Andersen Air Force Base (AFB), is located on the north end of Guam, approximately 15 miles from the capital, Agana (or Ha-gan-ya). Andersen AFB is in the village of Yigo (pronounced "Jeego). … The bulk of Andersen's duties since WWII have been as a Strategic Air Command (SAC) base, supporting activities in Korea and Vietnam.
Assignment tours are 24 months for unaccompanied or single service members and 36 months for accompanied service members.
There are 2,334 active duty service members on the base. Four hundred civilians work on the base along with 572 contractors.
Anderson Air Force Base hosts B-52 bombers, B-1B bombers and B-2 bombers in addition to fighter jets.
Naval Base Guam has approximately 6,300 active duty Navy members, and, according to the base’s website:
Naval Base Guam is the home of Commander Naval Forces Marianas, Commander Submarine Squadron 15, Coast Guard Sector Guam and Naval Special Warfare Unit One and supports 28 other tenant commands. It is the home base of three Los Angeles class submarines and to dozens of units operating in support of US Pacific Command, US Pacific Fleet, 7th Fleet and 5th Fleet.

How big is Guam?
The island of Guam is 30 miles long and 4 to 12 miles wide. It is the largest of the Mariana Islands and the largest island in Micronesia

Who lives there?
The indigenous people of the island are the Chamorro. About 40 percent of the population of Guam is Chamorro.

In light of the threat from North Korea, what type of protection does the island have?
In addition to fighter planes, bombers, ships, and submarines, Guam has a Terminal High Altitude Area Defense (THAAD) system. THAAD is a defense system capable of shooting down an incoming ballistic missile.



Why is North Korea threatening Guam?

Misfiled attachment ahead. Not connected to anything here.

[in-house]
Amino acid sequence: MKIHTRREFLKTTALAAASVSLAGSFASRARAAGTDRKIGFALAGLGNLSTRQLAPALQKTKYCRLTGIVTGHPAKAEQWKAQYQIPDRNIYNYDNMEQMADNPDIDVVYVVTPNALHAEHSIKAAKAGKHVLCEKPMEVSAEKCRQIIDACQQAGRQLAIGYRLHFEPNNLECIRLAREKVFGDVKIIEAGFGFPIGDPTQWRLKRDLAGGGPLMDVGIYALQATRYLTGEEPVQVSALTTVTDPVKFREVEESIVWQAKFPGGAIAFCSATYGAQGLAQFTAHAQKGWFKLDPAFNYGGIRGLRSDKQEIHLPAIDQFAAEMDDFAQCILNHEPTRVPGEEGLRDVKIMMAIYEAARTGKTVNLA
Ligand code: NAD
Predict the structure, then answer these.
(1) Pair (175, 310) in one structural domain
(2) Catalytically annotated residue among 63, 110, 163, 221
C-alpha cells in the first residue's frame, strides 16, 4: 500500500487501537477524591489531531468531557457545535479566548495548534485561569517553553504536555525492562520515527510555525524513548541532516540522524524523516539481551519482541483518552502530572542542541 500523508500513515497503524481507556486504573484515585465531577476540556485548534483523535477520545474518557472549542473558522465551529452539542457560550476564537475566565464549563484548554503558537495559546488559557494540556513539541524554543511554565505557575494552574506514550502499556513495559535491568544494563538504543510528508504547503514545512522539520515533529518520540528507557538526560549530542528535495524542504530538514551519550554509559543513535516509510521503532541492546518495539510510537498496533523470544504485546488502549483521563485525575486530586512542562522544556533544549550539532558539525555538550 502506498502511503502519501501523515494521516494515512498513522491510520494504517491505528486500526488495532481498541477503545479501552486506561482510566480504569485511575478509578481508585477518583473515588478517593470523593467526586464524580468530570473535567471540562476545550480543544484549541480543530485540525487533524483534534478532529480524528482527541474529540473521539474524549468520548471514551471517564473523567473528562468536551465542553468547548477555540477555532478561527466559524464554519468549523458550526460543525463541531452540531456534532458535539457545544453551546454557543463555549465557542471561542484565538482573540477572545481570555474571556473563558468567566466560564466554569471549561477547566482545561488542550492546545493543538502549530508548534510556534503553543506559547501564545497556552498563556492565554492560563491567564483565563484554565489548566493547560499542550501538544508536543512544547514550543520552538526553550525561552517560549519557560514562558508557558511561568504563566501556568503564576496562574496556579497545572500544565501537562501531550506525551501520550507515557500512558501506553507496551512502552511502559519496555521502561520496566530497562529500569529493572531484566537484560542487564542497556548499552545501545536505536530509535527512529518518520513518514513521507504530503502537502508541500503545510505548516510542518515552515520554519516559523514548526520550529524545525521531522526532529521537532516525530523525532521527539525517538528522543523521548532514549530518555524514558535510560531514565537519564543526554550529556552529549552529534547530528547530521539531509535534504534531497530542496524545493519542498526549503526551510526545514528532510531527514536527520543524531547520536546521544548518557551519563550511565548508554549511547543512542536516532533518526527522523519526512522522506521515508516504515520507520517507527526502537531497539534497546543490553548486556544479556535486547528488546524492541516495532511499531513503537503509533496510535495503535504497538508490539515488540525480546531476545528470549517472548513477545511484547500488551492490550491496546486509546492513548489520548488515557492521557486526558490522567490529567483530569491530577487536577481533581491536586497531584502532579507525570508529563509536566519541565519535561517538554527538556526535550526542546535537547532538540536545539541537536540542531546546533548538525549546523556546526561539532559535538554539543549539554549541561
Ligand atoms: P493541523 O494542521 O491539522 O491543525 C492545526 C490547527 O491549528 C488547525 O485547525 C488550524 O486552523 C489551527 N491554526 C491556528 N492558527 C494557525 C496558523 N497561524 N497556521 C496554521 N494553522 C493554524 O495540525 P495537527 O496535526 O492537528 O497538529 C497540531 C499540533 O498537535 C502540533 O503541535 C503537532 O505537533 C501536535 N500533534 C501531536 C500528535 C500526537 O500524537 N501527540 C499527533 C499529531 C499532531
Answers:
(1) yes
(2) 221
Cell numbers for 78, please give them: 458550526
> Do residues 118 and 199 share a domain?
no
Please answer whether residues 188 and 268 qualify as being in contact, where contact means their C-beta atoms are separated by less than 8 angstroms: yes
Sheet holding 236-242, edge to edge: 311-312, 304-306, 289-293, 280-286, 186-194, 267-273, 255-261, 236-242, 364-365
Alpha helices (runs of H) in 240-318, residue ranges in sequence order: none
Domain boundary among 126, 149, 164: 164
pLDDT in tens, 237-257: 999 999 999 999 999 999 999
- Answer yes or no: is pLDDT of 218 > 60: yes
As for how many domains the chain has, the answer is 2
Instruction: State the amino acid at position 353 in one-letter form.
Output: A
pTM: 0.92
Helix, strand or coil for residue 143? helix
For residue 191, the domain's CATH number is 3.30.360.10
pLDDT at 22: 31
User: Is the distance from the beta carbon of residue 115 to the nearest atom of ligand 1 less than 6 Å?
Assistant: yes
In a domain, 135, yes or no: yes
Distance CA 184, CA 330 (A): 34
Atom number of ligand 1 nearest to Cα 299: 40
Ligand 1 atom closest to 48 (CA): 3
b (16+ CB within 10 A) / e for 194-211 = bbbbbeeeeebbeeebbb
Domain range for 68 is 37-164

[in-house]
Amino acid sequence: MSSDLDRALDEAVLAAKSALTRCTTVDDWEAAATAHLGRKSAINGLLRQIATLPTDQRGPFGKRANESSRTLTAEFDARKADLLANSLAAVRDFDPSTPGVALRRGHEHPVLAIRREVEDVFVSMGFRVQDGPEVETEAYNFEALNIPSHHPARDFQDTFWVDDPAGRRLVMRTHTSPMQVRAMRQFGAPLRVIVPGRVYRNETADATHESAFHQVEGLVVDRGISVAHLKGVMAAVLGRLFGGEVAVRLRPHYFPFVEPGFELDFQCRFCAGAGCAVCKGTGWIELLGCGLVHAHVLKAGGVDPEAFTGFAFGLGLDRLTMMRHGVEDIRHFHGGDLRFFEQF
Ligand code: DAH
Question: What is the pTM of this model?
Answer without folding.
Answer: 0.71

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Some expressed little optimism. Sen. Lindsay Graham, a South Carolina Republican who has been working on bipartisan strategies, declared glumly: 'I am running out of ideas.' Trump met a bipartisan group of lawmakers Wednesday that included seven Democrats. Two people who attended the White House meeting agreed it was 'productive,' but could not say to what extent Trump was listening or moved by the conversation. The people, who spoke on condition of anonymity to discuss the event candidly, said it seemed at some points as if people were talking past each other. Lawmakers talked about the shutdown's effect on their constituents and advocated for 'border security.' Trump and others on-and-off used the term 'wall.' It was not clear if progress had been made, by those accounts. Meanwhile a group of Republican senators headed to the White House later Wednesday. Many Republicans were unwilling to sign on to a letter led by Graham and Sen. Chris Coons, D-Del., to re-open the government for three weeks while talks continue. 'Does that help the president or does that hurt the president?' asked Sen. Mike Rounds, R-S.D., among those going to the White House. He has not signed the letter. 'If the president saw it as a way to be conciliatory, if he thought it would help, then perhaps it's a good idea,' he said. 'If it's just seen as a weakening of his position, then he probably wouldn't do it.' While Sen. Susan Collins, R-Maine, said she has signed, others said GOP support was lacking. 'They're a little short on the R side,' said Sen. Joe Manchin, D-W.Va., another leader of the effort. The House and Senate announced they are canceling next week's planned recess if shutdown continues, which seemed likely. Some Republicans expressed concerns over the impact of the shutdown and who was getting blamed. Said Sen. Ron Johnson, R-Wisc.:'Right now, are you seeing any pressure on Democrats? I think Republicans are getting the lion's share of the pressure.' He added: 'The president accepted the blame so people are happy to give it to him.' ___ For AP's complete coverage of the U.S. government shutdown: https://apnews.com/GovernmentShutdown ___ Associated Press writers Chris Rugaber, Darlene Superville, Matthew Daly, Jonathan Lemire, Alan Fram, Colleen Long, Andrew Taylor, Laurie Kellman, Elana Schor and Ken Sweet contributed to this report